Matt Damon plays a man in search of redemption and renewal in the bleak yet touching drama “Stillwater” (Focus).

Directed and co-written by Tom McCarthy, the film succeeds on a personal and cultural level, though its brief forays into overtly political territory are far feebler. Its ambiguous treatment of faith, together with other elements, marks it as fare for grown-ups.

Damon portrays Bill Baker, an unemployed and widowed oil-rig worker from the Oklahoma city of the title. Five years after his college-age daughter, Allison (Abigail Breslin), an exchange student, was imprisoned in Marseille for the murder of her lesbian lover, Lina — a crime of which she insists she is innocent — Bill relocates to the French port city to follow up a new lead in the case.

Stymied by the refusal of Allison’s lawyer, Maitre Leparq (Anne Le Ny), to pursue the fresh evidence, Bill is forced to investigate on his own. Yet he’s a fish out of water in his new surroundings, understanding neither the national language nor the local rules of behavior.

He turns for help to a chance acquaintance, stage actress Virginie (Camille Cottin), a single mother who, with her young daughter Maya (Lilou Siauvaud) in tow, is staying at the same hotel as Bill while waiting to move into a new apartment. The two strike up a friendship and, once Virginie and Maya get settled, Bill moves in with them.

Romance with Virginie looms as Bill, whom Allison regards as a failed father, seeks a second chance at successful parenthood through his nurturing of Maya. But his prospects for emotional fulfillment are threatened by the rashness with which he is willing to act to find the real culprit behind the killing.

The script, penned in partnership with Marcus Hinchey, Thomas Bidegain and Noé Debré, is effective in examining the strained relationship between Bill and alienated Allison. It also captures the clash between the values of the American heartland Bill personifies and those of Europe, though its approach to this topic sometimes feels facile.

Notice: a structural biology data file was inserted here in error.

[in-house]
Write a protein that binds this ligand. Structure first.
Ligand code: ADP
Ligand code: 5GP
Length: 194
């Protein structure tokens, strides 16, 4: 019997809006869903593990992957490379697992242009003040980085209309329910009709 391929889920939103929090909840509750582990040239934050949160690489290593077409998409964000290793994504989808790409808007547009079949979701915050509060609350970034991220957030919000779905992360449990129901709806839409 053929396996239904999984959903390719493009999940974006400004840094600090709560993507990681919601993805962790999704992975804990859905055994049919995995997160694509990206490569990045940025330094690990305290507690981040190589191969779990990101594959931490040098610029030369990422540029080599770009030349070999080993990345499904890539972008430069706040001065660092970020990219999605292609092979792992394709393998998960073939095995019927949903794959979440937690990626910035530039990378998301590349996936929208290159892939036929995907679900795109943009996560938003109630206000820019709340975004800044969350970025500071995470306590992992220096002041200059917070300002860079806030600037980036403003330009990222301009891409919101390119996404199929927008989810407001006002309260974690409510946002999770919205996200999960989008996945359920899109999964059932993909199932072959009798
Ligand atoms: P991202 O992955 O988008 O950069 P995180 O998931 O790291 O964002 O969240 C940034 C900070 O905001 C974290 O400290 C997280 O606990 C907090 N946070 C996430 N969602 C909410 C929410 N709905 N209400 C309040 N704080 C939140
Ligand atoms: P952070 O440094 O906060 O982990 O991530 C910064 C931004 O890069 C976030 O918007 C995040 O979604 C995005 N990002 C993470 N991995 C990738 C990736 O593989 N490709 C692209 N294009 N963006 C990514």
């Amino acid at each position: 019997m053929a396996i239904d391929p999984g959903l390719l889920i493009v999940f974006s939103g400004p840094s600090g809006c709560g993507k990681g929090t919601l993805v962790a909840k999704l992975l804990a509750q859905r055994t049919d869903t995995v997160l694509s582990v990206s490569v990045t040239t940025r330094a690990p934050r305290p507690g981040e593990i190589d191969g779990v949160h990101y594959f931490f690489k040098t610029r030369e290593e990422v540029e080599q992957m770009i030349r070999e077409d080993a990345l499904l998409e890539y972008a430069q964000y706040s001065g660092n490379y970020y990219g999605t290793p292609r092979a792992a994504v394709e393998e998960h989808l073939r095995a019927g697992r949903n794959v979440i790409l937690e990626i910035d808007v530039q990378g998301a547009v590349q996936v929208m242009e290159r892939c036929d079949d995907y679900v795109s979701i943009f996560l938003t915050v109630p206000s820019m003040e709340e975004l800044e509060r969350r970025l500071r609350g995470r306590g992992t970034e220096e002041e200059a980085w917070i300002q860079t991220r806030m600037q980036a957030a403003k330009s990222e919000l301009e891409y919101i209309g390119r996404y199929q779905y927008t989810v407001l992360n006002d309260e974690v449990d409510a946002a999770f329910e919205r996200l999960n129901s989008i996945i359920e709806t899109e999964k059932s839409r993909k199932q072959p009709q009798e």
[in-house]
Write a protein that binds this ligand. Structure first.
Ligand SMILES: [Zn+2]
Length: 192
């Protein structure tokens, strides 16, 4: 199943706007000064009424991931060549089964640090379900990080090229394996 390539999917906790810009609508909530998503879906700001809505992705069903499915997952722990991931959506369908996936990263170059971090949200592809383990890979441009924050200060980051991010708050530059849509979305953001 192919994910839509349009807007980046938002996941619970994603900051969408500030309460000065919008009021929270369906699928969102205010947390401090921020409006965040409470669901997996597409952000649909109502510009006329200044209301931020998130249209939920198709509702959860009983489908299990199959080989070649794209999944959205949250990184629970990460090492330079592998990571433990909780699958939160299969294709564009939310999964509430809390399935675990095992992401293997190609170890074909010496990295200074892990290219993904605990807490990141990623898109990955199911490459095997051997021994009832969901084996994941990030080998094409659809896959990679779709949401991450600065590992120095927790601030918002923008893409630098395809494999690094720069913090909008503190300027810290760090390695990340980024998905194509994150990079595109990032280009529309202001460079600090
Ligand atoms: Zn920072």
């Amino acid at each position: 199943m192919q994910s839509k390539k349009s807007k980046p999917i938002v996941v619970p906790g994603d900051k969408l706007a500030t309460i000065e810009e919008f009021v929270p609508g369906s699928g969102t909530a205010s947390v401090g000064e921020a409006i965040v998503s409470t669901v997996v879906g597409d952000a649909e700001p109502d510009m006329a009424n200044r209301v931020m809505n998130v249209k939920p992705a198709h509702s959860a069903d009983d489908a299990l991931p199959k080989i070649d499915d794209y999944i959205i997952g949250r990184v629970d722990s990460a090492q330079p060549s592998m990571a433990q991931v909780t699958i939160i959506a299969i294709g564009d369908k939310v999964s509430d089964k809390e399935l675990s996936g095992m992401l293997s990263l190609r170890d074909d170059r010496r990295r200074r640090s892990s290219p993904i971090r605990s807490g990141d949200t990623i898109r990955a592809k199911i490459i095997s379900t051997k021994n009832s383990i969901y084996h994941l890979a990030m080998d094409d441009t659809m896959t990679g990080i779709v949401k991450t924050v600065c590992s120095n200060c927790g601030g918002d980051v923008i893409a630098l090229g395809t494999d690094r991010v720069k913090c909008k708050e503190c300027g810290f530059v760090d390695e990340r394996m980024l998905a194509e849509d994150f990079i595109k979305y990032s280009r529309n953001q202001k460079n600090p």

Along with his gun ownership, one of the aspects of Bill’s lifestyle that Virginie finds hard to fathom is his heartfelt, though nondenominational, piety. Thus, when he quietly insists on saying grace before eating, it feels like a faux pas to which she reacts with mildly amused bewilderment.

It’s also clear that Allison merely pretends to join in Bill’s prayers during his visits to her. Where viewers’ sympathies are meant to lie, however, is less apparent.

While Allison’s ongoing emotional tie to Lina is clearly established, murky circumstances prevent this from having much of a wider, real-world application. McCarthy and his fellow screenwriters take it for granted that the relationship was not, in itself, morally questionable — and adopt a similar stance toward the possibility of Bill and Virginie moving in together.

Yet the fatal outcome of Allison and Lina’s bond makes it obvious that it was a dangerously volatile one. As a result, the movie avoids sending any particular message about homosexuality as a general matter.

Flawed but affecting, “Stillwater” avoids caricature, though it doesn’t always steer clear of au courant sententiousness. Still, it’s a thoughtful production to which Damon brings a winning degree of understatement.

The film contains mature themes, including homosexuality and suicide, cohabitation, a premarital bedroom scene, a few mild oaths, frequent rough and crude language and some crass expressions. The Catholic News Service classification is A-III — adults. The Motion Picture Association rating is R — restricted. Under 17 requires accompanying parent or adult guardian.

— John Mulderig

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